At no point were discussants in a position to agree on the meaning of “international constitutionalism”. That, however, that was not the objective of the conference. Disagreement on the meaning of that term made little difference in the end. To some participants the term “international constitutionalism” described a set of substantive principles, often those associated with the regime of an international organization; to others the term described trends in international governance, in which courts played a pre-eminent role; and to others yet again the term described formal normative relationships at the international plane, analogous to features of domestic constitutional arrangements.
It is a sign of the conference’s ultimate success that a theme lending itself to such a variety of interpretations—a circumstance one may view critically or approvingly—could nevertheless generate three days of scholarly debate, exchange of and improvement upon views, and stimulation for further reflection.
A variety of academic presenters kicked off the conference on the first day and set the tone for the two days that followed. These included a welcome by Professor Martin Scheinin of the EUI, and presentations by Dr. Nikolas Rajkovic of the Austrian Academy of Sciences Vienna, Dr. Sarah Nouwen of the University of Cambridge, Dr. Catherine van de Heyning of Leiden University, and Dr. Veronika Bilkova of Charles University Prague. These presentations covered areas as diverse as global law and the rule of law, international criminal justice, the constitutionalization of the ECHR, and the “responsibility to protect”.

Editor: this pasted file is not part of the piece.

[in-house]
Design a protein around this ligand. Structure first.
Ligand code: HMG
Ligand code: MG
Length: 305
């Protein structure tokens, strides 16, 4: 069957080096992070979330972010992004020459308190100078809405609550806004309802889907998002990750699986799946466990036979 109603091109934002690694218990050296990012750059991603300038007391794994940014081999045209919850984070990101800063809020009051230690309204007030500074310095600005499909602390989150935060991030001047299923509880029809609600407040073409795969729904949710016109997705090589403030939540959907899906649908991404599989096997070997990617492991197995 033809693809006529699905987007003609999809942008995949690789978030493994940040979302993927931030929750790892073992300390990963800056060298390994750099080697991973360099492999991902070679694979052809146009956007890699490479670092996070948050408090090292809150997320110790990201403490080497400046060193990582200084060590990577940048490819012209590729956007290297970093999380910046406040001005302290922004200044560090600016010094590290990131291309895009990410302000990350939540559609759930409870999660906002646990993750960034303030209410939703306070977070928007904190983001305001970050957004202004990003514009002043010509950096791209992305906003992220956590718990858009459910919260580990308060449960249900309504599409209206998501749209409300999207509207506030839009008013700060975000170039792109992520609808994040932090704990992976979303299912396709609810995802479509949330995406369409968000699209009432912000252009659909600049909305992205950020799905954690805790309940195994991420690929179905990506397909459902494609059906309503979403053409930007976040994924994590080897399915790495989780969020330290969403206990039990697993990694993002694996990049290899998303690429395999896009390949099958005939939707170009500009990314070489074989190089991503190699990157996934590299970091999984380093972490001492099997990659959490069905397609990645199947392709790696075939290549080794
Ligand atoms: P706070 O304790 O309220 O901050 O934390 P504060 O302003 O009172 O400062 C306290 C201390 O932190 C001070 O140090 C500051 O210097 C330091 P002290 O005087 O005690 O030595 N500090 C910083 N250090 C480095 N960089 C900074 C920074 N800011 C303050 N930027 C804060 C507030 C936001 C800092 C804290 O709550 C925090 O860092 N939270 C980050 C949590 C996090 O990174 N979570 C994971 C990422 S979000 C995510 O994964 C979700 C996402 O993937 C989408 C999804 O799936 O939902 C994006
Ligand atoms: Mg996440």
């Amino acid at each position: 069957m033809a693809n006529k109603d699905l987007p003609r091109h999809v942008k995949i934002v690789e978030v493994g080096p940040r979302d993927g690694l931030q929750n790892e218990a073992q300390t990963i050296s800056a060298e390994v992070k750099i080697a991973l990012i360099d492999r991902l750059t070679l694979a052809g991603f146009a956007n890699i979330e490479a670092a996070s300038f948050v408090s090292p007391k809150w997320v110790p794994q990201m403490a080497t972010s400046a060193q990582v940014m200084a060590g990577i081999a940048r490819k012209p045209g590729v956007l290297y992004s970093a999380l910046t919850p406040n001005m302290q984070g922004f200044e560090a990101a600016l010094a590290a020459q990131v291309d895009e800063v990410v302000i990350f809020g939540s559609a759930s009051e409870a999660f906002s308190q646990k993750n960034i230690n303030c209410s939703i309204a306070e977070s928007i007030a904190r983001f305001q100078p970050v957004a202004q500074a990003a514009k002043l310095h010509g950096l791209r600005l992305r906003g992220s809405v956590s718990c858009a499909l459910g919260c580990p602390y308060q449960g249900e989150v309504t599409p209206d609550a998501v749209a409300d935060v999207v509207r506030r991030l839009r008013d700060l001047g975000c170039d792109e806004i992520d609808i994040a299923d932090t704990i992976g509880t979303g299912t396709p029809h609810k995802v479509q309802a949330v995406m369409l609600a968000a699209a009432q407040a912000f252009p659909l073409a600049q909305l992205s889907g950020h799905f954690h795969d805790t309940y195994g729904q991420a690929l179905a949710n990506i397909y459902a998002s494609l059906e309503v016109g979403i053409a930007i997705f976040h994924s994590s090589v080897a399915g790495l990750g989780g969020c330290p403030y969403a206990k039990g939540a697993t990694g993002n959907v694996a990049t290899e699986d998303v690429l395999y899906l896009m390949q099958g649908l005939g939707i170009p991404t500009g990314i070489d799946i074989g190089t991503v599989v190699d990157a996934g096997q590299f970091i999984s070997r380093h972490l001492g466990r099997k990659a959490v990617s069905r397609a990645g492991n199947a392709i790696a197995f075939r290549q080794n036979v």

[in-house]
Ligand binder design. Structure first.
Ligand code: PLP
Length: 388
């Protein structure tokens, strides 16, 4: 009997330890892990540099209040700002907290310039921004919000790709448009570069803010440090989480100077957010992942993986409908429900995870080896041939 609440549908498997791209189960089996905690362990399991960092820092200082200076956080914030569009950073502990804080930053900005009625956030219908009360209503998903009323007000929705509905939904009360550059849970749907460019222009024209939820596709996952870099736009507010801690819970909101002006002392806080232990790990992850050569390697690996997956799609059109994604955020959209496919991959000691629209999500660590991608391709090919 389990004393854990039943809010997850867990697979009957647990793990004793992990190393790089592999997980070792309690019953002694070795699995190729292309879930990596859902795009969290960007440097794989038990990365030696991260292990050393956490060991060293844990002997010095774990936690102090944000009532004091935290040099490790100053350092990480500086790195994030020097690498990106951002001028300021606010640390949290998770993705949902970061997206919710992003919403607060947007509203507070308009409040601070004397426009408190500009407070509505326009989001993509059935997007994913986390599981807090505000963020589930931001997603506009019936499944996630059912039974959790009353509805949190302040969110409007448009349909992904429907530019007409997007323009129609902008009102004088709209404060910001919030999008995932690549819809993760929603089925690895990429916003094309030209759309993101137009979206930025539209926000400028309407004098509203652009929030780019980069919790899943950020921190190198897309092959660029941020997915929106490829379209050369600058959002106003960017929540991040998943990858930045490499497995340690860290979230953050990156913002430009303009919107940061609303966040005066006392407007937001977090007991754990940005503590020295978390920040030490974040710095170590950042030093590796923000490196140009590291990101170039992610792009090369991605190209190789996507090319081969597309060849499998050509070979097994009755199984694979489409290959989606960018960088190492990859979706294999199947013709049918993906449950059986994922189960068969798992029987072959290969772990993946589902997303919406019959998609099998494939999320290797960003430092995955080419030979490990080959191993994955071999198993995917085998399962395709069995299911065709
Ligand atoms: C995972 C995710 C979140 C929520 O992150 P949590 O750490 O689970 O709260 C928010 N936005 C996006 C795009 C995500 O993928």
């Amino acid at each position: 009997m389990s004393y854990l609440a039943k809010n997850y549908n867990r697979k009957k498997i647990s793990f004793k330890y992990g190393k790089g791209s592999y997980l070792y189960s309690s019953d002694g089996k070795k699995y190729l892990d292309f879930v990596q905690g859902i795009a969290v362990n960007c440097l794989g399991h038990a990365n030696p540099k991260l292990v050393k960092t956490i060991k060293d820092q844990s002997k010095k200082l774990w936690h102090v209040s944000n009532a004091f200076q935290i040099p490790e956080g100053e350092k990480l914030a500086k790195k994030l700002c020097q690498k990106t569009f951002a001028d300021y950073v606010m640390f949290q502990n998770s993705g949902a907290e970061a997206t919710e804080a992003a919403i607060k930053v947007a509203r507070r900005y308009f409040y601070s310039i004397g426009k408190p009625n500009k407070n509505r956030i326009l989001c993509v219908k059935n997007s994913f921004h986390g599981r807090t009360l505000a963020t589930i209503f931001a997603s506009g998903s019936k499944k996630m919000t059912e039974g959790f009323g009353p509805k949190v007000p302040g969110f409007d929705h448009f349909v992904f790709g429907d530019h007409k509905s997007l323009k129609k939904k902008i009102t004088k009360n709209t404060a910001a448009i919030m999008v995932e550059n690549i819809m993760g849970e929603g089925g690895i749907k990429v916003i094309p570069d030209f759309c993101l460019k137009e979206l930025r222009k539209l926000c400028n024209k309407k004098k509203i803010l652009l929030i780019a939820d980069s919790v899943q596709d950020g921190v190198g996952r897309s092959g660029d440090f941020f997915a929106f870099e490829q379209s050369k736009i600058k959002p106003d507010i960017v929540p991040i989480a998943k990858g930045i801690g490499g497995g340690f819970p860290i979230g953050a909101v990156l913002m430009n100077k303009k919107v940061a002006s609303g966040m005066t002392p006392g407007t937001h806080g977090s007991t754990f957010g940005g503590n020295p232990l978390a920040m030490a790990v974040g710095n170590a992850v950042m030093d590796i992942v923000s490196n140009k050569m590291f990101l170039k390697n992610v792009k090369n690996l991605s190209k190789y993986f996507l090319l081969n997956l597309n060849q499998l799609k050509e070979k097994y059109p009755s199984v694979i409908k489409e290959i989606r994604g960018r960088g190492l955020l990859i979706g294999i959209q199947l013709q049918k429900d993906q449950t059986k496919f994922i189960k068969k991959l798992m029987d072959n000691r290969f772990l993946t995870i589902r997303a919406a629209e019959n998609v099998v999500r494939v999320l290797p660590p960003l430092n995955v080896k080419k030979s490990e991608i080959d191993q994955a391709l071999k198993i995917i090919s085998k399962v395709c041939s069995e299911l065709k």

Over the course of the following two days Ph.D. researchers presented their respective work. Topics included, among others, the collective security role of the Security Council; aggression; European Union minority policy; constitutional characteristics of peremptory norms; international law in domestic courts; international institutional law and the internal rules of international organizations; European economic constitutional law and corporate social responsibility; post-conflict governance; the constitutionalization of human rights; and a Marxian critique of the global legal order.
It was this diversity of topics that rendered the conference interesting. If there was agreement on one point, it was that the meaning and implications of international constitutionalism and associated analyses must be elaborated more fully, lest the term become a floating label liable to be freely attached to any understanding of international law. For this reason it would be particularly fruitful to follow and synthesize the conference participants’ various works-in-progress.
It is no secret that a pleasant surrounding tends to be conducive to good thinking. The EUI offered precisely such a setting—the view from the Institute’s terrace over the city of Florence and its commanding Duomo was the backdrop against which coffee breaks took place.
I am certain all conference participants join me in thanking Wouter Werner, Ciarán Burke and Alexis Galan once again for organizing and hosting the conference.